Damian Lillard ensured that each Portland player's playoff check went to team support, medical staff

<a class="link rapid-noclick-resp" href="/nba/players/5012/" data-ylk="slk:Damian Lillard">Damian Lillard</a>. (Getty Images)
Damian Lillard. (Getty Images)

On Tuesday, Portland Trail Blazers franchise player Damian Lillard won the Pro Basketball Writers Association’s Magic Johnson Award, handed out since 2001 to recognize “the player who best combines excellence on the basketball court with cooperation and dignity in dealing with the media and the public.”

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Lillard, the 25-year old point guard, brings both qualities in heavy supply. He led his up-and-down, 41-win Trail Blazers to the postseason for the second consecutive year, prior to falling to the Golden State Warriors in a four-game sweep. Lillard averaged 27 points, five rebounds and six assists while falling short of the NBA’s All-Star team yet again.

Media doesn’t vote on that exhibition lineup, at least not professionally, but they do make a point to reward those who show up for an on-record talk come storm, stress or sunny days.

Lillard, mindful of the media’s role in opening freer lanes in its coverage of a rather dynamic league, spoke to his insistence on making himself available to the media at every expected opportunity:

“It’s my opportunity to share what is going on, or what I think about something,’’ Lillard said. “That way, I can limit people having to assume things, or make things up. I can explain myself, or share my thoughts. It’s my opportunity to take the stage, so to speak, to say my part.’’

Dealing frankly with the assembled media, often while perched in front of a locker, is not for everyone. For Lillard, though, the social interaction works for him and the strong cadre of media that covers the Blazers.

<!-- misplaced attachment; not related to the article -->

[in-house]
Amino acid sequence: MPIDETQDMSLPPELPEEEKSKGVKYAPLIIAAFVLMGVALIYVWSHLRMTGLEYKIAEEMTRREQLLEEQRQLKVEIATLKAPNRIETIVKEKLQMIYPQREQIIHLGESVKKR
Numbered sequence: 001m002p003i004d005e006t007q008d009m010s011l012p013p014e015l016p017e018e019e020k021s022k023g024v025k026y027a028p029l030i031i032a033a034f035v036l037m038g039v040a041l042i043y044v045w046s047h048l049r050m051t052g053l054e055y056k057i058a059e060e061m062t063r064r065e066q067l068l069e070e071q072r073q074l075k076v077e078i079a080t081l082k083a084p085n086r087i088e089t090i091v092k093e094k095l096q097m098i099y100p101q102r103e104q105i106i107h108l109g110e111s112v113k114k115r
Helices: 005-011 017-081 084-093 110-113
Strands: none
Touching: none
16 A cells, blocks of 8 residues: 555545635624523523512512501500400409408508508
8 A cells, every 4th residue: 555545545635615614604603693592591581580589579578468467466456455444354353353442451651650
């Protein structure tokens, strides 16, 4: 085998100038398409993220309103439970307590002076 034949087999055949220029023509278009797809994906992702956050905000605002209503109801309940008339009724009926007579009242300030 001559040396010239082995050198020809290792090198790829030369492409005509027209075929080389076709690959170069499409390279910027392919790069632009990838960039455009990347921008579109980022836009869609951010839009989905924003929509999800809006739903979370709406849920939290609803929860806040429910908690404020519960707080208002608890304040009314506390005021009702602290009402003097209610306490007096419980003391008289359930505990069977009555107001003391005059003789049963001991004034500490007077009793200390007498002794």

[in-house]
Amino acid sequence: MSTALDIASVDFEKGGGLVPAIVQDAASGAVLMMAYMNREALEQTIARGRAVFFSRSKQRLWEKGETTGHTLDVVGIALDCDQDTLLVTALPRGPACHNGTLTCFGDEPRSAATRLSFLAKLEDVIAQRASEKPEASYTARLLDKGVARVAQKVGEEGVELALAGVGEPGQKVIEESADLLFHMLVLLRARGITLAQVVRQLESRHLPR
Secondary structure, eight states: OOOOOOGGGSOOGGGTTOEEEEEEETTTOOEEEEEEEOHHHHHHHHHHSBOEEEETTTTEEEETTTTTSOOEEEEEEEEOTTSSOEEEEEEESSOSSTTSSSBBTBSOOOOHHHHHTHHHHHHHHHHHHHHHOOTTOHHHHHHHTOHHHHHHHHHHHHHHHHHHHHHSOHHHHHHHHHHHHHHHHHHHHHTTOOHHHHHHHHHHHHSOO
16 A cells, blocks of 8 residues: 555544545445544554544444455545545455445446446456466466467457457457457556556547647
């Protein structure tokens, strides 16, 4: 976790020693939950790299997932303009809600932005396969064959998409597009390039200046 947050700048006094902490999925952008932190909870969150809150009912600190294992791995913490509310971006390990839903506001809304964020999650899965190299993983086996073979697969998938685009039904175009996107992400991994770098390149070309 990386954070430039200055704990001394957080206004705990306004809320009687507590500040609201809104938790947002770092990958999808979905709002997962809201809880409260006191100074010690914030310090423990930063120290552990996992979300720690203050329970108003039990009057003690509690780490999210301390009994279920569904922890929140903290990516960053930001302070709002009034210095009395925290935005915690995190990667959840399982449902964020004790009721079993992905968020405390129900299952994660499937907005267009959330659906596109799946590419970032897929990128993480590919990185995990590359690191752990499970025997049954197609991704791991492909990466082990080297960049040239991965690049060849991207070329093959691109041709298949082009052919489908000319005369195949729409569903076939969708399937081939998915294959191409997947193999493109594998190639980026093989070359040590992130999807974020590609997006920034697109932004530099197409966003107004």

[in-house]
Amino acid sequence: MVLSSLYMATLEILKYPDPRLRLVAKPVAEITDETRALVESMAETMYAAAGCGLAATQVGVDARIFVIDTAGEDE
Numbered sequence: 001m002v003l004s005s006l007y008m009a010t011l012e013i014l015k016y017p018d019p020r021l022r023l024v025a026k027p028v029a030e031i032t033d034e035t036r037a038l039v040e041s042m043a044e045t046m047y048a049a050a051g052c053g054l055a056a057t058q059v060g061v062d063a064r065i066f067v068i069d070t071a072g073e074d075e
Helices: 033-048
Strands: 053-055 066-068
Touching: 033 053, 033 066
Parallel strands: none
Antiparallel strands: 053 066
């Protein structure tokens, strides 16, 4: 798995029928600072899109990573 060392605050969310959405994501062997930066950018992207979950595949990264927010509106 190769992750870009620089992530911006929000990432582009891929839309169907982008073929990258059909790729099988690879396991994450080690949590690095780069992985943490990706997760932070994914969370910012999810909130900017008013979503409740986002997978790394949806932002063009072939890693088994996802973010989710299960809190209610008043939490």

Chief among them has long been Jason Quick, at Comcast Northwest. Noting that in five NBA seasons Lillard has yet to miss neither a pre-game autograph session with fans nor a post-game media scrum with reporters (“Never,” Lillard said. “Not once.”), Quick went into further detail about Lillard’s approach toward guiding a more mindful, gracious locker room:

As captain for the past two seasons, Lillard has made it clear to his teammates that their playoff checks should be donated to the Blazers’ support staff, which consists of everybody from massage therapists to the trainers at the practice facility.

With some Blazers teams, the locker room leadership was not always as generous. Three seasons ago, when veteran Chris Kaman joined the team, he became appalled that the Blazers were keeping their playoff checks. Kaman, who became close with Lillard, told him if he ever led a team he should insist on getting the guys to donate to underscore the importance of unity and having one’s back.

Once again this season, with Lillard going from player to player to assure they followed through, the team voted to give up their full shares. The money was divided among 25 support staff, with some getting more than others depending on their role.

“We divide our playoff shares to give to the people who we work so closely with because they spend as much time away from their families as we do, and they are just about as invested as we are,’’ Lillard said after the season. “They also do as much as possible to make our lives easier, even if it makes theirs more difficult – all while making far less. So it’s a further way of showing appreciation beyond a thank your or a handshake.’’